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a voice as consumers are just as citizens we have a voice we do have power to make change. the russian defense ministry has rejected claims made by reuters news agency about the number of russian servicemen killed in syria this is not the first time british news agency royce's has tried to discredit russia's operation to destroy islamic state terrorists and return peace to syria. it is a response to a warder's piece with the tag exclusive what you'll find in that article are claims that the real number of russian servicemen and private contractors killed in moscow's syria campaign in two thousand and seventeen is four times higher at least than the real number given by the russian ministry of defense that is forty against
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ten the russian army is pointing out the sources used there that is their biggest criticism rumors social networks and anonymous relatives accounts apparent the the russian military is also very critical of the vagueness when the waters journalists are referring to actual servicemen and some sort of private contractors if you read through that ministry of defense statement you will also see that the russian military is very unhappy with the bias when it comes to the waters coverage of the anti-terrorist operations in syria and in iraq one of the most vivid examples is the many differences in the approach that waters took up when covering the liberation of aleppo by syrian government troops assisted by the russian army and also the liberation of mosul by the u.s. led coalition. police brutality is hitting the headlines again in the us soft
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a video emerged of offices in tennessee tasering a teenager in a restraining chair warning you may find the following images disturbing the incident was caught on surveillance camera the inmate is tasered several times despite being restrained and gagged he was also reportedly on suicide watch a teenager was jailed on drugs and weapons charges. how financially claiming the officers had no other option than starting the teenager the local sheriff's now launched an investigation three deputies have been suspended but one anti brutality activist told us most cases of abuse in u.s. prisons tend to go unreported. and people end up in the jail who've been brutalized and then that brutality continues in the jails and into the prisons it's kind of like a whole system from beginning to end that is dominated by brutality and the only issue is in the prisons of the jails we it's not as visible we can't see it as well and so we don't typically get access to these types of videos jailers have enormous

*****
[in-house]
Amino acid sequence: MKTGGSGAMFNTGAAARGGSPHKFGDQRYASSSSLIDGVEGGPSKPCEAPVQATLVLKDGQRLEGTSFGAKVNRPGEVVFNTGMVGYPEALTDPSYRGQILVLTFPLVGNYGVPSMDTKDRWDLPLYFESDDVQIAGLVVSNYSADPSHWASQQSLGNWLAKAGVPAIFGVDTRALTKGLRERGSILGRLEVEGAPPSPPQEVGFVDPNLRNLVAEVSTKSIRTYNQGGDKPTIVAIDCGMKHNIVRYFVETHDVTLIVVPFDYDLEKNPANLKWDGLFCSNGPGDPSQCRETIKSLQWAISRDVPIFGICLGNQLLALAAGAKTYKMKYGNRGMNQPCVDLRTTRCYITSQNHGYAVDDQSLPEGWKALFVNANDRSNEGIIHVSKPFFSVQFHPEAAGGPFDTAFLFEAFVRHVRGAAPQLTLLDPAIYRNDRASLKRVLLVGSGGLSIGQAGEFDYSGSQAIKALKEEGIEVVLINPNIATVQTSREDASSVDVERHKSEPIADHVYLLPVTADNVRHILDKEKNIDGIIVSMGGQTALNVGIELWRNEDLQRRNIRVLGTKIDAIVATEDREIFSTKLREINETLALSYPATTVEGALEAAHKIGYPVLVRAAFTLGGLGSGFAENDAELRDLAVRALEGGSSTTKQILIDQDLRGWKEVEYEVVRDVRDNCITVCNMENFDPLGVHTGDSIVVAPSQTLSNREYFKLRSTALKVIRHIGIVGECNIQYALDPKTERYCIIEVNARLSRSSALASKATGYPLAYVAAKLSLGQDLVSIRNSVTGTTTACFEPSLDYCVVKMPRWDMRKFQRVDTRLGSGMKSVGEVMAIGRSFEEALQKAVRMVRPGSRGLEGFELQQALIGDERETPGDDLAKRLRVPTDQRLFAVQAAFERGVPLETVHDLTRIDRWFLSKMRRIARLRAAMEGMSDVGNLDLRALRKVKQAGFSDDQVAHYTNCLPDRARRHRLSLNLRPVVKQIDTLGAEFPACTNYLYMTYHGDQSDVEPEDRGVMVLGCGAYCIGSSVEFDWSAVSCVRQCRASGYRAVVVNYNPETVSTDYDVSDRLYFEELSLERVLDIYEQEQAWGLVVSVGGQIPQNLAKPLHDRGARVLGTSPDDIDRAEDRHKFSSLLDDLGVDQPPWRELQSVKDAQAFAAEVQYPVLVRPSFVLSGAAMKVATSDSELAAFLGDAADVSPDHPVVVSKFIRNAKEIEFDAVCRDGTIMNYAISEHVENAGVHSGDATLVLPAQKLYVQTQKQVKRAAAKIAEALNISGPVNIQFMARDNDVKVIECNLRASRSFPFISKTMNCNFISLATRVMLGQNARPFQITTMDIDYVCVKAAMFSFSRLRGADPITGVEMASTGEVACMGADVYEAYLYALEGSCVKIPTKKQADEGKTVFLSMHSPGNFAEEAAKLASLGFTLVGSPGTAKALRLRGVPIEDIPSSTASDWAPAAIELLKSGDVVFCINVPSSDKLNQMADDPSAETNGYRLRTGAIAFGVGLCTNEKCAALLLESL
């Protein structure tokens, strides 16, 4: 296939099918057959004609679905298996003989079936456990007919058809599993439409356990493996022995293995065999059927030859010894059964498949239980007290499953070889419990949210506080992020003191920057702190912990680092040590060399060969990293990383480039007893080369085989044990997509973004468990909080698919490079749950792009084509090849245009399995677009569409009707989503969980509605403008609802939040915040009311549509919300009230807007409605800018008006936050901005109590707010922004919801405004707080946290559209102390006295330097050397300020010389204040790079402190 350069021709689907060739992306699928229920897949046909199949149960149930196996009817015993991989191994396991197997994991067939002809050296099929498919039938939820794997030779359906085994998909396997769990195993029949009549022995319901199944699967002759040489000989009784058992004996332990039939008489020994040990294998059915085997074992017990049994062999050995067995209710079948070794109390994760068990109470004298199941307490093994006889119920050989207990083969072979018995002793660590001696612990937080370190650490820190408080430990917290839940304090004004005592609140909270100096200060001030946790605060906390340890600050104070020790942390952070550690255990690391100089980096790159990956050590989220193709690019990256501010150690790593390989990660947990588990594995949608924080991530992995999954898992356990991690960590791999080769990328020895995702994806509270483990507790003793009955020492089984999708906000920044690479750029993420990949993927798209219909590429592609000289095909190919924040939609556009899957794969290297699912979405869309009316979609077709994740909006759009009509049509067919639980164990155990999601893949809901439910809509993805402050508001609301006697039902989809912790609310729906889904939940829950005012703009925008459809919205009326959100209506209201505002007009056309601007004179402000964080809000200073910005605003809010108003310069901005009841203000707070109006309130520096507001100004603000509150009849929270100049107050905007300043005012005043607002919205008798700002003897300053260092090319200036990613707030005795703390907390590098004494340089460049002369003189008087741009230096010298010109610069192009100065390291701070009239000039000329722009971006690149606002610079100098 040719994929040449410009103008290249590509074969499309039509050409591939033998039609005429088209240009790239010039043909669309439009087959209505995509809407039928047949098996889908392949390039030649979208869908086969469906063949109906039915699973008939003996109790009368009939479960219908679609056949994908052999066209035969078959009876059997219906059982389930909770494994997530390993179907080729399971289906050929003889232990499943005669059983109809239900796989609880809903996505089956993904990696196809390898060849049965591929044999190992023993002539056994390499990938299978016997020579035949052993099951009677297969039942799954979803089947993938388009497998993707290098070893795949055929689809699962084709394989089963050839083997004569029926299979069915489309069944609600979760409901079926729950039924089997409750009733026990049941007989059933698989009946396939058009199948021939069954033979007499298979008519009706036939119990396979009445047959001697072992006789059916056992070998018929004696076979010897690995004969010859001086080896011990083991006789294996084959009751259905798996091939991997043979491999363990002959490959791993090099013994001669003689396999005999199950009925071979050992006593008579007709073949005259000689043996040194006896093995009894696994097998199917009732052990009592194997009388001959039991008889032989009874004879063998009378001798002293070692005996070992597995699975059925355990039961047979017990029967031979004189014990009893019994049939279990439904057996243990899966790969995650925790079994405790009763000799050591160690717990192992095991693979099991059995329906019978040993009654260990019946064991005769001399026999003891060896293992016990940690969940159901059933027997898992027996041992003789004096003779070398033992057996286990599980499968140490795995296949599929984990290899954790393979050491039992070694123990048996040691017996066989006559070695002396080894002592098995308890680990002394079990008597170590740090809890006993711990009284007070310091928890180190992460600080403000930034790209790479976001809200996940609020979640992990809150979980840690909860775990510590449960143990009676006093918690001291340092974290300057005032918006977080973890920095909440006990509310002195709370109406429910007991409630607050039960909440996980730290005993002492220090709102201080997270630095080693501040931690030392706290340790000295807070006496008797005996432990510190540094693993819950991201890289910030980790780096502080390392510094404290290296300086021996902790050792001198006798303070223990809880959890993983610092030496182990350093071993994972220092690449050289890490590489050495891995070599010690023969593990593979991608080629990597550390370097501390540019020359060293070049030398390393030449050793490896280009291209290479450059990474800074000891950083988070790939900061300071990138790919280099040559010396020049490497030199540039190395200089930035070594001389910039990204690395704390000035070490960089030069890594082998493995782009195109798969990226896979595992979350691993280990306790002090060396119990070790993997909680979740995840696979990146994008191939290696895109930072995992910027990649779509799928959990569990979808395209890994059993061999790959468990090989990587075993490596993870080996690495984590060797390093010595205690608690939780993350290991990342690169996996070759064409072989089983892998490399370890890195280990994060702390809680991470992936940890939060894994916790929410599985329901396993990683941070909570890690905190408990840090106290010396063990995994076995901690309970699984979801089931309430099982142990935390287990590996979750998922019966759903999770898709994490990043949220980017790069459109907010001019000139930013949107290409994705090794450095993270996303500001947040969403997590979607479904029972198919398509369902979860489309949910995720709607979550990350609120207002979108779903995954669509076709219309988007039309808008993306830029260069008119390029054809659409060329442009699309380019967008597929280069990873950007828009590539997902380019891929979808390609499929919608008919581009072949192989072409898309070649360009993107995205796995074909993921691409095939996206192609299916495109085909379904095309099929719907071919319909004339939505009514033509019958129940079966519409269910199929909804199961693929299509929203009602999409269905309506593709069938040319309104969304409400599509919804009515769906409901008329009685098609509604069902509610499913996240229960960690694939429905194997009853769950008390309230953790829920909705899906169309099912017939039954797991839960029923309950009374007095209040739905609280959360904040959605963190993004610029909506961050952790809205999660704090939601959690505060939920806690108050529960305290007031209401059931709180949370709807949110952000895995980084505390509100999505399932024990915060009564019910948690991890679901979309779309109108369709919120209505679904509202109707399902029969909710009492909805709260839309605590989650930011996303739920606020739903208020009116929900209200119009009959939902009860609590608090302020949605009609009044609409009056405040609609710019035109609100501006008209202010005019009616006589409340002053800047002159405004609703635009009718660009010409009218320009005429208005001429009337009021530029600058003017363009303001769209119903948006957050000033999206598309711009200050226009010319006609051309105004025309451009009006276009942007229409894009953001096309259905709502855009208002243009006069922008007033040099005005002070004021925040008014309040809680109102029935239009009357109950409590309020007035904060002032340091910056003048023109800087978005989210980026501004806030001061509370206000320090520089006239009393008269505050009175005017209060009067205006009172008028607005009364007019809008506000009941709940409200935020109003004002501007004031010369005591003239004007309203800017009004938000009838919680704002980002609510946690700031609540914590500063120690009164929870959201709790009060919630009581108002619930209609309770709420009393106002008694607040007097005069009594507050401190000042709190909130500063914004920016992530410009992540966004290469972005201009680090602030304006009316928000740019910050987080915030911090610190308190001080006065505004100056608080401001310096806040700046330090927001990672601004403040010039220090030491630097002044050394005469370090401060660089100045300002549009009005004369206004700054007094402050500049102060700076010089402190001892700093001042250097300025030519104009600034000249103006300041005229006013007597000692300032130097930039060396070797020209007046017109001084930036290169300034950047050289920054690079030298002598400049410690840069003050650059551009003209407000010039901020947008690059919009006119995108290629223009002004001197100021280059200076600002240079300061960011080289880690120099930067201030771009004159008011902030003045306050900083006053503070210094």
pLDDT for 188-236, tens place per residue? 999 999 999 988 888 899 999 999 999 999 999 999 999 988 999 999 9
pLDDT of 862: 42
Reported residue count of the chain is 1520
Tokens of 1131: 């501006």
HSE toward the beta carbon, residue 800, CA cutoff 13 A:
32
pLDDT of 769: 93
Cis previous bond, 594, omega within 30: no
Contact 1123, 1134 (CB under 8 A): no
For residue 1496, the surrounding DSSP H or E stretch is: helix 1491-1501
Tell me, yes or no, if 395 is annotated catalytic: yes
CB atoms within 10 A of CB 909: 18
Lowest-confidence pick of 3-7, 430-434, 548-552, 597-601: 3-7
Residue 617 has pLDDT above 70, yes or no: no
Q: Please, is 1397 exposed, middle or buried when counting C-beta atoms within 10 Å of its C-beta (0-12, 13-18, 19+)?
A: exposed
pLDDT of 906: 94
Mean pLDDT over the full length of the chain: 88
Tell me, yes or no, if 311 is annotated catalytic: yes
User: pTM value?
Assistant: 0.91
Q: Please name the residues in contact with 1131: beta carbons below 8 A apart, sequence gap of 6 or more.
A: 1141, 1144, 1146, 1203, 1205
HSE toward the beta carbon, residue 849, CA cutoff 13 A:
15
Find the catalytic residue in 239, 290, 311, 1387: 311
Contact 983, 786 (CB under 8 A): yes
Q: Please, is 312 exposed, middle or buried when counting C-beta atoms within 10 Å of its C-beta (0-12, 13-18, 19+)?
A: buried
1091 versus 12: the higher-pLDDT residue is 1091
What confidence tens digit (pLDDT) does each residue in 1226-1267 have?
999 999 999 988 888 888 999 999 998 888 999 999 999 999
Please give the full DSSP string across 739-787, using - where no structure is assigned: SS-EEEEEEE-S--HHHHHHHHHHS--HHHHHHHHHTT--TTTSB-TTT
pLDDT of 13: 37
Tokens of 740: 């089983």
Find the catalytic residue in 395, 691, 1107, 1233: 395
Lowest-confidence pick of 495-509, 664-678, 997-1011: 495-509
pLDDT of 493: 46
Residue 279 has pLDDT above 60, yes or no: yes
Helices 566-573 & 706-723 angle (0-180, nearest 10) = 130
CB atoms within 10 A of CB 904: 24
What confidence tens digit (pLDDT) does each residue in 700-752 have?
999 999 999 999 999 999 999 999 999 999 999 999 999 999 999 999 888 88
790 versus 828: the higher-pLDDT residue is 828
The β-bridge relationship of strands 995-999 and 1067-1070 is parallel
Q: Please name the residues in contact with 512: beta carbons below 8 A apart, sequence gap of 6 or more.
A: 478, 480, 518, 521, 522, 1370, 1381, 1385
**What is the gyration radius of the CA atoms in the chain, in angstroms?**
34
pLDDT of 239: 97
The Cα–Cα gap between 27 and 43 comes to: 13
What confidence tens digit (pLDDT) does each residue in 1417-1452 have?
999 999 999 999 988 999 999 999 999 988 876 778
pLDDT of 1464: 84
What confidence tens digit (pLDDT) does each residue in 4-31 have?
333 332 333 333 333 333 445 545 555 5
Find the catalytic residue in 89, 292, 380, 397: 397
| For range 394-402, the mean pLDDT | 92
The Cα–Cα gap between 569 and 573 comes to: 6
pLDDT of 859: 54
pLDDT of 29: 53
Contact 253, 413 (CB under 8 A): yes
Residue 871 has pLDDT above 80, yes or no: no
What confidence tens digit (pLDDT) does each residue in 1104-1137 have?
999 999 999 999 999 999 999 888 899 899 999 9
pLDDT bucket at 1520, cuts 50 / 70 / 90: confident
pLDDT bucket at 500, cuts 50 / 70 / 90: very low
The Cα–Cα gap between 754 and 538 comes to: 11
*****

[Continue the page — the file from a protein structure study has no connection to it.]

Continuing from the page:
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power the head jailer which is the sheriff in this case has to be a vailable and watching his staff at all times he has to be monitoring their conduct because you know people with absolute power abuse it absolutely and so it's really key that that the sheriff is saying that he wasn't even knowledgeable about what his own staff was doing i think it's reprehensible he should resign. and if you'd like to know more about bats and other stories head to our website. i'll be back with more news. you can see the border from. the steel. plate and said this is this is all. and. i have every right
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to be here have a right to collect my food be a part of my family on both sides of the border. an organization called the arizona border recall we are. doing. with these to be done in the five years it's getting worse. is escalating because it's. believed that there is there don't believe. that is taking responsibility for their security. for. treasury.
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and. i don't. want. so let's look not so it. can be and also was revealed to the pope multiple injuries among current america so for them to give sophie hope the look of shows real you know mars on the phone to the book on a human book a political symbol so this is the year but i don't know if it's a book or
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a little some of what my. own admitted nothing of. us allowed me. somethin to walk. down long enough i'm sitting outside of. the market as a little slip ma that's a little canal maybe maybe that little of the. lead .